A new Norwegian study has concluded that after a blade on each of four turbines was painted black, compared with four neighbouring turbines that remained all white, this cut bird deaths by 72 per cent.
Colouring the blades makes it easier for the birds to spot and avoid flying into them.
Which begs the question of what the Cyprus government is doing to prevent the killing of birds and bats by turbine blades, given the largest wind farm, Orites, alone has 41 turbines.
Orites is indeed the most problematic farm of its kind on the island, bird lovers and the government agree.
“Cyprus often gets it wrong. The biggest farm, in Orites, between Limassol and Paphos, is in a Natura 2000 site and is an area where large birds fly, such as vultures which are extremely endangered in Cyprus. There is a serious collision risk.”
The government agrees there have been problems.
Its location inside a Natura area has prompted the EU to launch official complaints, officer at the department of the environment Irene Constantinou commented.
This in turn has prompted the government to propose a specific programme, which she says has been accepted by the European Union.
The owners have been forced to take measures, such as making the area where the turbines are less attractive to birds, by installing equipment which gives off noises the birds dislike and unattractive lighting.
At the same time, the surrounding safe area has been made more attractive, by planting trees and placing boxes for them to nest in and providing food.
“This has been done after a lot of research and guidance by the EU to mitigate the impact,” Constantinou added.
Though this has apparently appeased the EU, how much it is being mitigated is hard to say.
“One problem is it is not easily studied unless you have a carefully designed monitor system. The bird is hit and falls to the ground and most likely will be eaten by a fox so it is not easy to count how many are killed,” Hellicar explained. “You need a proper monitoring system to start with.”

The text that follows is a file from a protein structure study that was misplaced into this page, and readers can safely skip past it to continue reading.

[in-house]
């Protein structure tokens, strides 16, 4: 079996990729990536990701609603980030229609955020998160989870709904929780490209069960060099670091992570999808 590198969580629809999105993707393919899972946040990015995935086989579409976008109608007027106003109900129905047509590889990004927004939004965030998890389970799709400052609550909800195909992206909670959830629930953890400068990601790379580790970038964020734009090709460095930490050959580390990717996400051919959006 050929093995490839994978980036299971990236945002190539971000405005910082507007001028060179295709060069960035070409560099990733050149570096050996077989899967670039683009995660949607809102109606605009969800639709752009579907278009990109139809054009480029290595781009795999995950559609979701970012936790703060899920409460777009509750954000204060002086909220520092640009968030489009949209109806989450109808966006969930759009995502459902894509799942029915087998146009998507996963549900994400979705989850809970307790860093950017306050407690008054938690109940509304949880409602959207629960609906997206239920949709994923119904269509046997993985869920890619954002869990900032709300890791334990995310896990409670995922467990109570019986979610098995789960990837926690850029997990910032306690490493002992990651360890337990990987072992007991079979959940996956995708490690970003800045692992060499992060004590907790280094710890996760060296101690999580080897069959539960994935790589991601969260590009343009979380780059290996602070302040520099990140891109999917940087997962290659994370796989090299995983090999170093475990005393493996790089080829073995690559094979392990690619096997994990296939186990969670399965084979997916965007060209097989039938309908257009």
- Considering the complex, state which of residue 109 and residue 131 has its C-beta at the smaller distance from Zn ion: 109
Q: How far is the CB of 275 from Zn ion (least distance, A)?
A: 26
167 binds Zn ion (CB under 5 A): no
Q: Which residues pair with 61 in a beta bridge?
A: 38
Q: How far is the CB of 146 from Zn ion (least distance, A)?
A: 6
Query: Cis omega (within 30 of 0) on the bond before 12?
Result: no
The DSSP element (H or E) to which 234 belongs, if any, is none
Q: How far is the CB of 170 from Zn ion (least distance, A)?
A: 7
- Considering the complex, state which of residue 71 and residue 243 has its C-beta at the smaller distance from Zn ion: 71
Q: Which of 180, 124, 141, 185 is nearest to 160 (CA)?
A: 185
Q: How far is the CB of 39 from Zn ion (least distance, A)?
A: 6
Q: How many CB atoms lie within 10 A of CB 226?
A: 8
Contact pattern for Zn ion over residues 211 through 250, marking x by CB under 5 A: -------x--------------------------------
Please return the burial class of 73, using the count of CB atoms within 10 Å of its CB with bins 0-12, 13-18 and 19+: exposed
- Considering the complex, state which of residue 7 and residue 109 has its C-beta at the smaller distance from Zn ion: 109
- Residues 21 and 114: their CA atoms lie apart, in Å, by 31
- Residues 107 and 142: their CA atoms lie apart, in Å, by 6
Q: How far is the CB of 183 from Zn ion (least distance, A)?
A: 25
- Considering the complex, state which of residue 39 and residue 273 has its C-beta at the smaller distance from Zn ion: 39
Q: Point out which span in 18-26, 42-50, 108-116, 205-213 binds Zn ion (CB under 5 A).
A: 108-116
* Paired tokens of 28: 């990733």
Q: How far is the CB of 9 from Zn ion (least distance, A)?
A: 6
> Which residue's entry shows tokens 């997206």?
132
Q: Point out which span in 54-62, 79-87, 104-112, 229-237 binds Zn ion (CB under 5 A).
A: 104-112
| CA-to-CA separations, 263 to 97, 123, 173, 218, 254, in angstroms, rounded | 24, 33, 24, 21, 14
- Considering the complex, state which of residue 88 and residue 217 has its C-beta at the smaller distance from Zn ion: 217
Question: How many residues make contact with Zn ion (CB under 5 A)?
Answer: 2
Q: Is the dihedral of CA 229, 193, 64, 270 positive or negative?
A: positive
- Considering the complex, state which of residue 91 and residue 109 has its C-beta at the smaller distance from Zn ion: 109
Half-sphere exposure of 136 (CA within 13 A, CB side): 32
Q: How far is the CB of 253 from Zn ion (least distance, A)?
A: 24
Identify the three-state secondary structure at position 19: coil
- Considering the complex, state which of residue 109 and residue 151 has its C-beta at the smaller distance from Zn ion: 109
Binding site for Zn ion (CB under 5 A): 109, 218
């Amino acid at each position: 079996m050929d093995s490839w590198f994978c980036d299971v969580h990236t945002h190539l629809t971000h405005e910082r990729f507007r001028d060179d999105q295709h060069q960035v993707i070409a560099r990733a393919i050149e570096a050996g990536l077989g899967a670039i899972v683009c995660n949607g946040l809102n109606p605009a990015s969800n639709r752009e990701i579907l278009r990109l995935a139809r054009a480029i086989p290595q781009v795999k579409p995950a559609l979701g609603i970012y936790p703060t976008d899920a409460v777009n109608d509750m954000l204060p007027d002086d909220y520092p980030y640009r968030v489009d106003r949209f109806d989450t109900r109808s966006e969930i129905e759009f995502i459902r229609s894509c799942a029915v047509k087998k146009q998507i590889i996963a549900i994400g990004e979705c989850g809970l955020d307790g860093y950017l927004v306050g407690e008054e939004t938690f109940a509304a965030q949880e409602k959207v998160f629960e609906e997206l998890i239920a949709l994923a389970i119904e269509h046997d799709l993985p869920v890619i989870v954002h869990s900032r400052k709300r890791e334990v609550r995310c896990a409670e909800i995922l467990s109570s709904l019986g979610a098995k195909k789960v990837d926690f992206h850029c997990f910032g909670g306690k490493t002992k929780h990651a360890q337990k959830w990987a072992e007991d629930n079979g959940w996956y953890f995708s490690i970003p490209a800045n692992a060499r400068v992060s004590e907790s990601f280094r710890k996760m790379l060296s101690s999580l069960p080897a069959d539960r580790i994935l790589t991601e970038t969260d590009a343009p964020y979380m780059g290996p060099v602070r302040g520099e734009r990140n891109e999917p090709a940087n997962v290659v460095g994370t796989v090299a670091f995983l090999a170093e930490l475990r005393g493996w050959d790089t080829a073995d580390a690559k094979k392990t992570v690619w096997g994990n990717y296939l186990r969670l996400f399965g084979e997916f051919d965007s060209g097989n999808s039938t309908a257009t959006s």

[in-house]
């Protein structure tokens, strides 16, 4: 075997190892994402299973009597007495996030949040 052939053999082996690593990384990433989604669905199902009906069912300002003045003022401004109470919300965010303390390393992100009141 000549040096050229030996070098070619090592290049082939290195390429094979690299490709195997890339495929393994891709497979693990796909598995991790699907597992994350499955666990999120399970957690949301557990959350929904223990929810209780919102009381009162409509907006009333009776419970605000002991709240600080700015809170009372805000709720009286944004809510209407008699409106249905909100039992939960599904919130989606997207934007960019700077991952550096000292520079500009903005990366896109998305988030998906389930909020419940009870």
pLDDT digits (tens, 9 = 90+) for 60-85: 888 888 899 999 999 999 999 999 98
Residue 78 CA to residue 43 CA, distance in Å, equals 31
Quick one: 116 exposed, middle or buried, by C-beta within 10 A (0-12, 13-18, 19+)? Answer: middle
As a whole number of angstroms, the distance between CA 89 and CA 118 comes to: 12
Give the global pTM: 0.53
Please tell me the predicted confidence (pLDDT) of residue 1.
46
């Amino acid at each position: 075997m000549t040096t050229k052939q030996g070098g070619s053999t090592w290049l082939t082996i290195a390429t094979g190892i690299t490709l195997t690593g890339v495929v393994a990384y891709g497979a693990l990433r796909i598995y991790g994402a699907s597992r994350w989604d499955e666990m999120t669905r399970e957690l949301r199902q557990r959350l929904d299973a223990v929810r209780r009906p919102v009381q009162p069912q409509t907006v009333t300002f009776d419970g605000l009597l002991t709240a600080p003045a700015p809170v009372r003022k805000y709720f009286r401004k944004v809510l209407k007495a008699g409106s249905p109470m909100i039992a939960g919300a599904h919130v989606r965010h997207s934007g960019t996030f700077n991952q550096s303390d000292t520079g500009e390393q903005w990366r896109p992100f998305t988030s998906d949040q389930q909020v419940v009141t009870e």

One way is to install a radar system which stops the blades from running when a bird approaches, he said. “But all such systems involve money and this is where it stops in Cyprus.”
It took the Norwegian scientists ten years to come to their conclusions, during which they conducted 1,275 searches of areas under blades to scour for bird carcasses.
What happens in Cyprus is similar – in a way.
“The owners are required to monitor the situation, and report how many birds have been found in the different seasons,” Constantinou said.
The owners hire the experts doing the monitoring, but they are not independent consultants.
“The government also does its own monitoring and compares it with what the owners report,” she said.
In any case, there is not a large number killed in Cyprus, according to the environmental officer – though given the potential flaws in the monitoring system and the fact that the dead birds might be eaten before they can be counted surely mean this is far from a certainty.
What both agree on is the farms are good for the environment, but saving the birds is also important. They don’t agree on the methods however.
“It is a serious issue and there have been a lot of studies. Of course we want wind power, it is an important solution to climate change but we have to balance it with the negative impact on biodiversity,” the BirdLife Cyprus director said.
“For sure you should not put wind farms in a protected area,” he stressed. “The one in Orites is, there is another one in Kalochorio too close to a protected area and one has been licensed in a protected area in the Larnaca district.”
“We are aware that there is a negative impact on the birds. We examine all applications together with the Game Fund,” Constantinou commented. “Depending on the location we impose terms and conditions.”